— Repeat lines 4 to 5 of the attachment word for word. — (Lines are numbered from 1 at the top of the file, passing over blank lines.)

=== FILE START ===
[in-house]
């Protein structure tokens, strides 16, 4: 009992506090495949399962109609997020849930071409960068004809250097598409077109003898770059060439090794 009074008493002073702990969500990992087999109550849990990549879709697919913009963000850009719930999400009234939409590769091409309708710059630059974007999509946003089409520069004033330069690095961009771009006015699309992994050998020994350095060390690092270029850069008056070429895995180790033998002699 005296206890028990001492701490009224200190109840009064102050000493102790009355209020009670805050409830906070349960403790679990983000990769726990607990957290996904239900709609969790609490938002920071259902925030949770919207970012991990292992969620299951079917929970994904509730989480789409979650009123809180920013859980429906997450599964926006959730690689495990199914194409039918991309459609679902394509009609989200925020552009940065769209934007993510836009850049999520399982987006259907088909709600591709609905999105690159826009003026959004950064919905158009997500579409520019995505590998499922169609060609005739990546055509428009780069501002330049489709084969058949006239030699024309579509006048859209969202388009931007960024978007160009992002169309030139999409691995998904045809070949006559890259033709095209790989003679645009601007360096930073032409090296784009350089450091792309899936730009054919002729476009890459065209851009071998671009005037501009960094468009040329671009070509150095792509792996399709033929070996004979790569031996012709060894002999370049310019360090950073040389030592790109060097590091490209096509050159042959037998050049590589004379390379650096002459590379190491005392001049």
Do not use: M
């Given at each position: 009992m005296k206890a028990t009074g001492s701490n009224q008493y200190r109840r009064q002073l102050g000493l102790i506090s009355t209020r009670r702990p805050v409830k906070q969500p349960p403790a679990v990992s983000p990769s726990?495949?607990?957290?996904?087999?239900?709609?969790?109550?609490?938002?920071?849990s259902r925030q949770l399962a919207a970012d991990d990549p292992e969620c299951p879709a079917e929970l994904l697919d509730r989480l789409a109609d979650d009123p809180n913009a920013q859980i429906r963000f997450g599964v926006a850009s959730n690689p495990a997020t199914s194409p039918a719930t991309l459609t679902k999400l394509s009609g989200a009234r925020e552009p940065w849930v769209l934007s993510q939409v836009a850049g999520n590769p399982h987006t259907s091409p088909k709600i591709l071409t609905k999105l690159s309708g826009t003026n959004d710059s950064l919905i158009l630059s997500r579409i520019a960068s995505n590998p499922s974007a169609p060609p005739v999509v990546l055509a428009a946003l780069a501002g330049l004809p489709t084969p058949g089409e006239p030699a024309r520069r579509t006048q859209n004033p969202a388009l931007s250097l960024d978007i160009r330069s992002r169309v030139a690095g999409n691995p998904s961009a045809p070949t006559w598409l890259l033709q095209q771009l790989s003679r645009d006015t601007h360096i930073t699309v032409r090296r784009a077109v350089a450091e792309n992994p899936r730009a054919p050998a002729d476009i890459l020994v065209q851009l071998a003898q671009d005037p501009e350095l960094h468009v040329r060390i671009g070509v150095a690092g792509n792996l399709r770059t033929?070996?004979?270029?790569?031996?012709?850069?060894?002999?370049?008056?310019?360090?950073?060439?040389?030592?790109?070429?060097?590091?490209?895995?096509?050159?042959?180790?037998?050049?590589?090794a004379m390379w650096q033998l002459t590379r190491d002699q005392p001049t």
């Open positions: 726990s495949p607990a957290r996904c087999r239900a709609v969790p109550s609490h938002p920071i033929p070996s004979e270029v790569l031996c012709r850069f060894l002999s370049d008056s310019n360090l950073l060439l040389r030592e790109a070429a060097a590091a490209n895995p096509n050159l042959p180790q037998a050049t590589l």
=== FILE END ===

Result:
């Given at each position: 009992m005296k206890a028990t009074g001492s701490n009224q008493y200190r109840r009064q002073l102050g000493l102790i506090s009355t209020r009670r702990p805050v409830k906070q969500p349960p403790a679990v990992s983000p990769s726990?495949?607990?957290?996904?087999?239900?709609?969790?109550?609490?938002?920071?849990s259902r925030q949770l399962a919207a970012d991990d990549p292992e969620c299951p879709a079917e929970l994904l697919d509730r989480l789409a109609d979650d009123p809180n913009a920013q859980i429906r963000f997450g599964v926006a850009s959730n690689p495990a997020t199914s194409p039918a719930t991309l459609t679902k999400l394509s009609g989200a009234r925020e552009p940065w849930v769209l934007s993510q939409v836009a850049g999520n590769p399982h987006t259907s091409p088909k709600i591709l071409t609905k999105l690159s309708g826009t003026n959004d710059s950064l919905i158009l630059s997500r579409i520019a960068s995505n590998p499922s974007a169609p060609p005739v999509v990546l055509a428009a946003l780069a501002g330049l004809p489709t084969p058949g089409e006239p030699a024309r520069r579509t006048q859209n004033p969202a388009l931007s250097l960024d978007i160009r330069s992002r169309v030139a690095g999409n691995p998904s961009a045809p070949t006559w598409l890259l033709q095209q771009l790989s003679r645009d006015t601007h360096i930073t699309v032409r090296r784009a077109v350089a450091e792309n992994p899936r730009a054919p050998a002729d476009i890459l020994v065209q851009l071998a003898q671009d005037p501009e350095l960094h468009v040329r060390i671009g070509v150095a690092g792509n792996l399709r770059t033929?070996?004979?270029?790569?031996?012709?850069?060894?002999?370049?008056?310019?360090?950073?060439?040389?030592?790109?070429?060097?590091?490209?895995?096509?050159?042959?180790?037998?050049?590589?090794a004379m390379w650096q033998l002459t590379r190491d002699q005392p001049t």
């Open positions: 726990s495949p607990a957290r996904c087999r239900a709609v969790p109550s609490h938002p920071i033929p070996s004979e270029v790569l031996c012709r850069f060894l002999s370049d008056s310019n360090l950073l060439l040389r030592e790109a070429a060097a590091a490209n895995p096509n050159l042959p180790q037998a050049t590589l």